- Learn how ethernet splitters work, when it makes sense to use them, and why you should seek better alternatives.
- An ethernet splitter is a cheap device that can help you connect multiple devices to the Internet via a single network cable.
- There’s a serious catch though: only one device at the splitting end can be active at the same time. Unless you unsplit the signal with another splitter.
I recently found out about the existence of ethernet splitters. After digging for more info I found out why they’re not popular, even if on paper they check a lot o boxes: cheap, tiny, very simple build, reliable.
I’m going to tell you why you should avoid them at all costs, so you won’t bother with them. Let’s get going.
- 1 What is an Ethernet Splitter?
- 2 The Main Types of Ethernet Splitters by Physical Appearance
- 3 Two Types of Ethernet Splitters by Functionality
- 4 How Does a Hard-Wired Ethernet Splitter Work?
- 5 How Does a Split-Pair Ethernet Splitter Work?
- 6 When is an Ethernet Splitter Useful?
- 7 Does an Ethernet Splitter Reduce Speed?
- 8 Are Ethernet Splitters Worth Buying?
- 9 Ethernet Splitter vs Switch vs Hub Comparison
What is an Ethernet Splitter?
As the name suggests, an ethernet splitter is a networking device that splits the internet data signal in two or three.
It’s almost like listening to the same song together with your friend using two headsets connected to an audio jack splitter to the main source.
The truth is that it doesn’t quite work the same. You’ll see later what I mean if you keep reading.
The Main Types of Ethernet Splitters by Physical Appearance
From what I could find online, there are a couple of types of ethernet splitters:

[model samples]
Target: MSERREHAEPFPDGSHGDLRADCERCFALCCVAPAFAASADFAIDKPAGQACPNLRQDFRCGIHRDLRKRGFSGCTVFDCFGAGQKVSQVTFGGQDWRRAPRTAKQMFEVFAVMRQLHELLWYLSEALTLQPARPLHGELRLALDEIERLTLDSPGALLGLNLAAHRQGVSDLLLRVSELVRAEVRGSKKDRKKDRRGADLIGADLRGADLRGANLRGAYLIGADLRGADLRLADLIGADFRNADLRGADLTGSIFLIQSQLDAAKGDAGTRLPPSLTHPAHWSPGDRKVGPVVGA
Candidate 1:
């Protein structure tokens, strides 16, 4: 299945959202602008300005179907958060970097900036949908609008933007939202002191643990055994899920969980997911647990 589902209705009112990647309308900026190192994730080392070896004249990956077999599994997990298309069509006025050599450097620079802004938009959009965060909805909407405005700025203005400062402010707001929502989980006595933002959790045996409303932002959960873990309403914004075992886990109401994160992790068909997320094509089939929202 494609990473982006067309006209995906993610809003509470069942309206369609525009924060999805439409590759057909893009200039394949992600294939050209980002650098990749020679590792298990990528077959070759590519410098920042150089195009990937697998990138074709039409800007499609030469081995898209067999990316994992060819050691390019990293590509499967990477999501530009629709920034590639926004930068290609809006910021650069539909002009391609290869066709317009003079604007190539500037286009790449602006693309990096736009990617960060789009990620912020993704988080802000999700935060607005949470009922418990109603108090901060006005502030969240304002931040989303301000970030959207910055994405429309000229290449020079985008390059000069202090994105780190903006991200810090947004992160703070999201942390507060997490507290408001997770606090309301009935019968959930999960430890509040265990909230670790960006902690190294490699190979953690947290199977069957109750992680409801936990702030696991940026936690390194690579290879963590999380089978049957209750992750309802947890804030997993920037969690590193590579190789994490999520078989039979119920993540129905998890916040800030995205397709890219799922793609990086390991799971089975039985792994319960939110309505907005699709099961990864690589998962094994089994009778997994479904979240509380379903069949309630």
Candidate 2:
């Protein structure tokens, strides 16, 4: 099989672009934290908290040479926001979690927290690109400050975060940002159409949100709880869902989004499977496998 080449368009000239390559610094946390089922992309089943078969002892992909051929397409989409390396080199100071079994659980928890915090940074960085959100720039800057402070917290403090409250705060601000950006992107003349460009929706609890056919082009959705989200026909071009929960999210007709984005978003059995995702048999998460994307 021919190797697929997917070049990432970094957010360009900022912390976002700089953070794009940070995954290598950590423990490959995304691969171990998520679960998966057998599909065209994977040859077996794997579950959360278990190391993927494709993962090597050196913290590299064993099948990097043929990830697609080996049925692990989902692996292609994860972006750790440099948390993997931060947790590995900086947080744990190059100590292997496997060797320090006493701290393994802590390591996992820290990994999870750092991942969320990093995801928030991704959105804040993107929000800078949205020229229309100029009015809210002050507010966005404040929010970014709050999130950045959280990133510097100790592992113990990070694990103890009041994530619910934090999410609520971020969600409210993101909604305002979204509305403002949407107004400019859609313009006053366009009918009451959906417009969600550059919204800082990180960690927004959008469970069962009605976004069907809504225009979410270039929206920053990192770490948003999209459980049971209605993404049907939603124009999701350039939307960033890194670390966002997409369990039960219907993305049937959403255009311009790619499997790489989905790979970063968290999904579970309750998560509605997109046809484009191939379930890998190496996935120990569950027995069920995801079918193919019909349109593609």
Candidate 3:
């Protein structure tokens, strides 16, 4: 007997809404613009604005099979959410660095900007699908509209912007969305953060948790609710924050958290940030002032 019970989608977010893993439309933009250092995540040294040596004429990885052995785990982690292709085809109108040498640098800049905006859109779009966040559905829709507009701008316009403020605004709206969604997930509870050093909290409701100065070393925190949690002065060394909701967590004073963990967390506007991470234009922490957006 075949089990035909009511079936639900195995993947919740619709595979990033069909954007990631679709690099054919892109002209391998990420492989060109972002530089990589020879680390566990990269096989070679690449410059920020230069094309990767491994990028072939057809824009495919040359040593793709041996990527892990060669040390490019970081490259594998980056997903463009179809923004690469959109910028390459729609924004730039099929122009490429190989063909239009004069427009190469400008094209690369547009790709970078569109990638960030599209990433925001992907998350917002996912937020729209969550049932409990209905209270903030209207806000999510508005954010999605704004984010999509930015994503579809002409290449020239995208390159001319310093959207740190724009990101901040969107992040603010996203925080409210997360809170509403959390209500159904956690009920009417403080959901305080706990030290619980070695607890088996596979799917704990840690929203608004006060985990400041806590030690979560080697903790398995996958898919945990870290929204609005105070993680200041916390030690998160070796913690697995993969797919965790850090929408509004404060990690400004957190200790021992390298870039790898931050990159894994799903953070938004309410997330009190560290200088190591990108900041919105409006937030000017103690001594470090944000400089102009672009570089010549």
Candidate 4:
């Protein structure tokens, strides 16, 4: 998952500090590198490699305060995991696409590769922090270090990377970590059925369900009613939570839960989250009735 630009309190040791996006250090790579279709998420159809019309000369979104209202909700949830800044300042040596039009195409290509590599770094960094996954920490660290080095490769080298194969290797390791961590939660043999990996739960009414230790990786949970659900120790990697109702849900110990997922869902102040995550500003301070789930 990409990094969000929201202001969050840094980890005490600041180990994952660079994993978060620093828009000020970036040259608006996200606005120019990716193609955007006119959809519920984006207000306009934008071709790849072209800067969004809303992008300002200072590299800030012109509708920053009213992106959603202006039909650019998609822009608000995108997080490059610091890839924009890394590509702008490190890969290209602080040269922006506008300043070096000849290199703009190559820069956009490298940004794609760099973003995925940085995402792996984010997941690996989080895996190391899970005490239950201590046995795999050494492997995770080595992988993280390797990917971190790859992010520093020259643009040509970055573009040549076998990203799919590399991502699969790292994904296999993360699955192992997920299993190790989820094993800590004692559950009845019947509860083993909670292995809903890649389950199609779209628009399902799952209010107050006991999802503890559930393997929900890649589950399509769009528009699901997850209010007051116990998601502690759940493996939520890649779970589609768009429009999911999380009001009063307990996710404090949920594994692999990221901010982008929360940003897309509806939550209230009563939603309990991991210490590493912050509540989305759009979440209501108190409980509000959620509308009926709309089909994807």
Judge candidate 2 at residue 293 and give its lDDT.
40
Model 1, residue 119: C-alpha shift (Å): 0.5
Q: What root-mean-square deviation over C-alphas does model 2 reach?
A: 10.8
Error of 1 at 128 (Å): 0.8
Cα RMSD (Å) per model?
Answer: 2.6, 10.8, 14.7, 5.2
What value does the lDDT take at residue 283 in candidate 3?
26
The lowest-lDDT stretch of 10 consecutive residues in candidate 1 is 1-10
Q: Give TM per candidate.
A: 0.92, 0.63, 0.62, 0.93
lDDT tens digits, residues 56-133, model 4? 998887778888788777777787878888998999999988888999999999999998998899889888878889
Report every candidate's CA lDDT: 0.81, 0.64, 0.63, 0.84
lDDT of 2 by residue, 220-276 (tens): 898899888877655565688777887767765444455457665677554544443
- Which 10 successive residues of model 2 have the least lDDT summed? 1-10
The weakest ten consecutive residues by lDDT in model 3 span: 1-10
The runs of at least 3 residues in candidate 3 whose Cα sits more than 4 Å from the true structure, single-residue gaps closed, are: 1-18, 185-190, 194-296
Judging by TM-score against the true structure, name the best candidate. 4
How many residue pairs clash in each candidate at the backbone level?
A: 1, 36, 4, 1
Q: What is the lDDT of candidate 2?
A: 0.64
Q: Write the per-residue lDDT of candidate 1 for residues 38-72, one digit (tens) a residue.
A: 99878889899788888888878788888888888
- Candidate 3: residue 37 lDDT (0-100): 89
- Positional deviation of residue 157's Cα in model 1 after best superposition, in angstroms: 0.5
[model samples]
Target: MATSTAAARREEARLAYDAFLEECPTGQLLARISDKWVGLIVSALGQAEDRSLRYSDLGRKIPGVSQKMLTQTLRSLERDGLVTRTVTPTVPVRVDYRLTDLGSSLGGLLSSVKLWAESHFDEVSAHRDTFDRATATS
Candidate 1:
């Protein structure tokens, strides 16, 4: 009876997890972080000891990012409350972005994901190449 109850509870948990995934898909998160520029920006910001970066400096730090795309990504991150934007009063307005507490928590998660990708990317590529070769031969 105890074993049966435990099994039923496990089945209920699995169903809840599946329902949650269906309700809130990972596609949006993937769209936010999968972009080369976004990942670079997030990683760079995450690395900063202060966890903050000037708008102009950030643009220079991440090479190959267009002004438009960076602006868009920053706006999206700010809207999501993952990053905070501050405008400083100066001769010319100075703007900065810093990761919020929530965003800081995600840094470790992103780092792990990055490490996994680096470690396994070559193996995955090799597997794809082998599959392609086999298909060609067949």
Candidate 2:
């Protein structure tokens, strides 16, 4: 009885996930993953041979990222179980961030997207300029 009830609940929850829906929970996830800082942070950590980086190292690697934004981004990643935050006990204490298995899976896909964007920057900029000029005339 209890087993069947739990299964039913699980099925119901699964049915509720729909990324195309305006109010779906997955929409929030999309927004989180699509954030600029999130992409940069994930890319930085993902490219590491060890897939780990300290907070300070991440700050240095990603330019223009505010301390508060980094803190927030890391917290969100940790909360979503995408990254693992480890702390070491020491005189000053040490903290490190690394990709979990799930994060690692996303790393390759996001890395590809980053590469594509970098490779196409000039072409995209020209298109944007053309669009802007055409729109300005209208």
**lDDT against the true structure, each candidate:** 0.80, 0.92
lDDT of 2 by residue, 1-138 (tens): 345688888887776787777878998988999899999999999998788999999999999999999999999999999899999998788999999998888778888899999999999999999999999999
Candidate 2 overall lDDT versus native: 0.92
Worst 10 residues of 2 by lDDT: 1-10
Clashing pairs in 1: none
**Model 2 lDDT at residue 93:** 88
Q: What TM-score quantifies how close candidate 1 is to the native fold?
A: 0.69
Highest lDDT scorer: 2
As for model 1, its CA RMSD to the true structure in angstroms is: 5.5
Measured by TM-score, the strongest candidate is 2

- Two jacks at the splitting end, and a tiny cable at the connecting end.
- Three jacks at the splitting end, and a tiny cable at the connecting end.
- Two jacks at the splitting end, and another jack at the connecting end.
- Three jacks at the splitting end, another jack at the connecting end.
Two Types of Ethernet Splitters by Functionality
Don’t get fooled by appearances. What’s inside is what makes a real difference.
Basically, there are two types of ethernet splitters you need to worry about:
- Hard Wired Ethernet Splitters – only one device can be active at one time.
- Split-Pair Ethernet Splitters – the data signal is split in two, then reconstructed at the other end by using a second splitter, which will act in reverse, un-splitting the data.
How Does a Hard-Wired Ethernet Splitter Work?
Hard-Wired Ethernet Splitters work just like an old telephone switching board. Yes, the ones you see in old movies, where you call the nice lady first and ask her to connect you to your desired phone number.
What does this mean for an ethernet splitter?
Basically an ethernet splitter can only connect one device at a time. Yes, you can connect multiple devices at the splitting end, but only one can be active at a time.
So next time a friend asks “why is my ethernet splitter not working?” just check if both connected devices are powered on.
For a hard-wired splitter to work, you can either physically disconnect the devices you’re not using or turn them off completely while keeping the cables connected.
Hmm, that sounds like the hard-wired splitter doesn’t actually split the signal. Yep, you are right. So you can connect all RJ45 jacks, but if all devices are turned on, thus active at the same time, the splitter won’t work and the data packages won’t get through.
How Does a Split-Pair Ethernet Splitter Work?
Split-Pair Ethernet Splitters are the closest to what people imagine splitters to be. They only work in pairs.
Why does using two splitters works? Because Ethernet cables have 8 pairs of lines inside them. Split-Pair Splitters use 10 Mbps or 100 Mbps transfer speeds. These two old standards only require 4 pairs of lines, so a splitter can send two signals through the same 8 line cable. The second splitter is used to rebuild the signal when two devices are used simultaneously.
Split-Pair Ethernet Splitters are still hacks, just like the hard-wired models, and thus not recognized by any current standard.
For multiple devices to connect properly aka at the same time through a single cable via a splitter you need to unsplit the signal again using another splitter.
So you may ask yourself:
When is an Ethernet Splitter Useful?
I’m going to try and give you a practical example of using an Ethernet splitter makes sense. I tried really hard to find it.